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1.  The patient perspective on overactive bladder: a mixed-methods needs assessment 
BMC Family Practice  2014;15:96.
Background
While overactive bladder is often managed in the primary care setting, a number of barriers including embarrassment, poor communication, and low patient adherence contribute to the under-treatment of patients with burdensome urinary symptoms. In order to address these challenges, it is crucial to have a fundamental understanding of patient perspectives toward OAB and urinary symptoms. To meet this aim, researchers designed and conducted a study to identify patients’ knowledge, experiences and attitudes, barriers to treatment adherence, and desires and tendencies regarding patient/clinician communications.
Methods
A mixed-methods qualitative/quantitative needs assessment of patients with overactive bladder and/or urinary symptoms. Researchers conducted in-depth qualitative interviews via telephone with 40 patients. Interview results informed the design and dissemination of a quantitative survey, which was completed by 200 self-selected respondents who had previously identified themselves as having overactive bladder or bladder problems. Statistical and qualitative analysis of results were conducted.
Results
Among survey respondents, an average of 3.5 years elapsed between symptom onset and seeking diagnosis by a physician. In the long term most patients do not experience improvement in symptoms. Medication non-adherence is common and is related to therapy effectiveness and adverse effects. Patients clearly indicate that communication and patient/physician relationships are important to them and they would prefer the clinician initiate the conversation on overactive bladder. Patient experiences, perspectives, and attitudes toward their bladder symptoms differ in many ways from clinicians’ assumptions.
Conclusions
The significant time gap between symptom onset and diagnosis indicates ongoing need for screening and diagnosis of overactive bladder. Contrary to guideline recommendations, urinalysis and physical examination are not widely used in clinical practice. Many patients experience no improvement in symptoms over time. Patients indicate that clinician/patient relationships and communication regarding their condition are important.
doi:10.1186/1471-2296-15-96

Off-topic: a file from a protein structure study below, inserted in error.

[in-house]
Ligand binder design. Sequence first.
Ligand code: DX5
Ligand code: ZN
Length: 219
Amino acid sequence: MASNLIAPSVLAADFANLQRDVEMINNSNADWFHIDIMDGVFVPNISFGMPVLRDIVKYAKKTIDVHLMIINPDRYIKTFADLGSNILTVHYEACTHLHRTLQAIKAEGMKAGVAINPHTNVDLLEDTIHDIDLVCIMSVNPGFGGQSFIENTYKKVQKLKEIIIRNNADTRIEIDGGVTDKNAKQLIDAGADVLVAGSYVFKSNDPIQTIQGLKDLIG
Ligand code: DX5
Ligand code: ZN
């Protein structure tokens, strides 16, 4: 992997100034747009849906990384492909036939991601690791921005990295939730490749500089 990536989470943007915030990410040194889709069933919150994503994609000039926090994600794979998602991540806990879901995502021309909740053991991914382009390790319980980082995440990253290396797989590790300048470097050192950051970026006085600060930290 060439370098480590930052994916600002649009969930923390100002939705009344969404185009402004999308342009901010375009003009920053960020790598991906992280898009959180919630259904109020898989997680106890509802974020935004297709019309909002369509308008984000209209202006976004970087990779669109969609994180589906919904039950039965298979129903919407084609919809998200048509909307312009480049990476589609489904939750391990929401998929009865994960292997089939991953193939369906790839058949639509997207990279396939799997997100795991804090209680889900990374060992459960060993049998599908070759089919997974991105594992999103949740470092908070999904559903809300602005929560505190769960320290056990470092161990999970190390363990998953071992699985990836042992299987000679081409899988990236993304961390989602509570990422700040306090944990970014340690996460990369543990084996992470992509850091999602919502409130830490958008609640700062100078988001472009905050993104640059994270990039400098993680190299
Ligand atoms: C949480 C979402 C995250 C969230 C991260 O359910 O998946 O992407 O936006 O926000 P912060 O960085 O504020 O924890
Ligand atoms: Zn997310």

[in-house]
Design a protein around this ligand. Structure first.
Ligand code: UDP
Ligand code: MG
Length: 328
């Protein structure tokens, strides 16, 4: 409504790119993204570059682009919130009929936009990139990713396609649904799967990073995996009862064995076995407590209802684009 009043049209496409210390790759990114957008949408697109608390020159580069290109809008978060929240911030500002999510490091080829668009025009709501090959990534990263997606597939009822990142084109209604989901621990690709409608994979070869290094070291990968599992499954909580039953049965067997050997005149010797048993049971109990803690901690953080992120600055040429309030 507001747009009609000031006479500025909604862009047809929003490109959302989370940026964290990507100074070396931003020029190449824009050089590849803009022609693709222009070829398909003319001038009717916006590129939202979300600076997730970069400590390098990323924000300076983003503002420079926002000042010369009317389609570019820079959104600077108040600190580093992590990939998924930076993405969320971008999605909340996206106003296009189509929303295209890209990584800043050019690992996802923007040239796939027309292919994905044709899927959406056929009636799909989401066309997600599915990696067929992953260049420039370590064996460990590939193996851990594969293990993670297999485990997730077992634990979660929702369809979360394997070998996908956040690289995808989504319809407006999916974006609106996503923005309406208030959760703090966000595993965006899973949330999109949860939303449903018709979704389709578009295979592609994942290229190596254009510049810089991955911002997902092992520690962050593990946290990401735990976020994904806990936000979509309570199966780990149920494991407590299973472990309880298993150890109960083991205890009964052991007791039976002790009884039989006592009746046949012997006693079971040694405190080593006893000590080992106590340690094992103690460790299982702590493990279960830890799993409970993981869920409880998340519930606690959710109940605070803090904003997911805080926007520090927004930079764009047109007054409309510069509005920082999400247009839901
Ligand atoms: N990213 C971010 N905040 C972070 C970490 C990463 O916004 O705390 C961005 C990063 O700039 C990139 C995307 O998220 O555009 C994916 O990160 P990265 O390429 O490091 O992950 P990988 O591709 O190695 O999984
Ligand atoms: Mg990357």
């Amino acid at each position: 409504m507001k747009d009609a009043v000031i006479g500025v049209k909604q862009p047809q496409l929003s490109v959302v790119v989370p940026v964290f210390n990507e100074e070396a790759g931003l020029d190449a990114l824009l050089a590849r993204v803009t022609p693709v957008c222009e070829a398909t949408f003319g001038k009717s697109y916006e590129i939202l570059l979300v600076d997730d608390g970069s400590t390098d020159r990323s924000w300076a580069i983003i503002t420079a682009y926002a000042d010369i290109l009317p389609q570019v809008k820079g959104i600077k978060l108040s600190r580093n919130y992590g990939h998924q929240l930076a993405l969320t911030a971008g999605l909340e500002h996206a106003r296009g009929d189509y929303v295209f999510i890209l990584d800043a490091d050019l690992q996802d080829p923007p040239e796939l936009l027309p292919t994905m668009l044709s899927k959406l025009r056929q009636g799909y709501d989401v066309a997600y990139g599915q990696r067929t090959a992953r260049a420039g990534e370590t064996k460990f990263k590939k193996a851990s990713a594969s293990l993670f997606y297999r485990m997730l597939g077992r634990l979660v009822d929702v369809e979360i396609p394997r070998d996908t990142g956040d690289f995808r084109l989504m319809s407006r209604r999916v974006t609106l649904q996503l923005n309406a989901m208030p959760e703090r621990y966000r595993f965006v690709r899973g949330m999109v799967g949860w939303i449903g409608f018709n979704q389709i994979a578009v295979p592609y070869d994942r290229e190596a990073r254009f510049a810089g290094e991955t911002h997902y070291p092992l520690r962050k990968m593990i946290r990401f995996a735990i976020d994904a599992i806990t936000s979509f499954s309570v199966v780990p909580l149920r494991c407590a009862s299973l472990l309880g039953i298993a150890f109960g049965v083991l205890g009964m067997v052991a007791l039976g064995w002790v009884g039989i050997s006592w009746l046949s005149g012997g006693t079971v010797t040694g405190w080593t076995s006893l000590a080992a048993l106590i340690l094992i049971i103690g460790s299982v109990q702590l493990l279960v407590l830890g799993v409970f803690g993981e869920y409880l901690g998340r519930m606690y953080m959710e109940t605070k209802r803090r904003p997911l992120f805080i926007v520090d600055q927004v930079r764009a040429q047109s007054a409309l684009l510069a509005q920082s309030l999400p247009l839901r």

PMCID: PMC4030445  PMID: 24885491
Overactive bladder; OAB; Needs assessment; Patient survey; Patient perspective
2.  Improving accuracy of medication identification in an older population using a medication bottle color symbol label system 
BMC Family Practice  2011;12:142.
Background
The purpose of this pilot study was to evaluate and refine an adjuvant system of color-specific symbols that are added to medication bottles and to assess whether this system would increase the ability of patients 65 years of age or older in matching their medication to the indication for which it was prescribed.
Methods
This study was conducted in two phases, consisting of three focus groups of patients from a family medicine clinic (n = 25) and a pre-post medication identification test in a second group of patient participants (n = 100). Results of focus group discussions were used to refine the medication label symbols according to themes and messages identified through qualitative triangulation mechanisms and data analysis techniques. A pre-post medication identification test was conducted in the second phase of the study to assess differences between standard labeling alone and the addition of the refined color-specific symbols. The pre-post test examined the impact of the added labels on participants' ability to accurately match their medication to the indication for which it was prescribed when placed in front of participants and then at a distance of two feet.
Results
Participants appreciated the addition of a visual aid on existing medication labels because it would not be necessary to learn a completely new system of labeling, and generally found the colors and symbols used in the proposed labeling system easy to understand and relevant. Concerns were raised about space constraints on medication bottles, having too much information on the bottle, and having to remember what the colors meant. Symbols and colors were modified if they were found unclear or inappropriate by focus group participants. Pre-post medication identification test results in a second set of participants demonstrated that the addition of the symbol label significantly improved the ability of participants to match their medication to the appropriate medical indication at a distance of two feet (p < 0.001) and approached significant improvement when placed directly in front of participants (p = 0.07).
Conclusions
The proposed medication symbol label system provides a promising adjunct to national efforts in addressing the issue of medication misuse in the home through the improvement of medication labeling. Further research is necessary to determine the effectiveness of the labeling system in real-world settings.
doi:10.1186/1471-2296-12-142
PMCID: PMC3282670  PMID: 22206490
Medication labeling; medication errors; medication adherence

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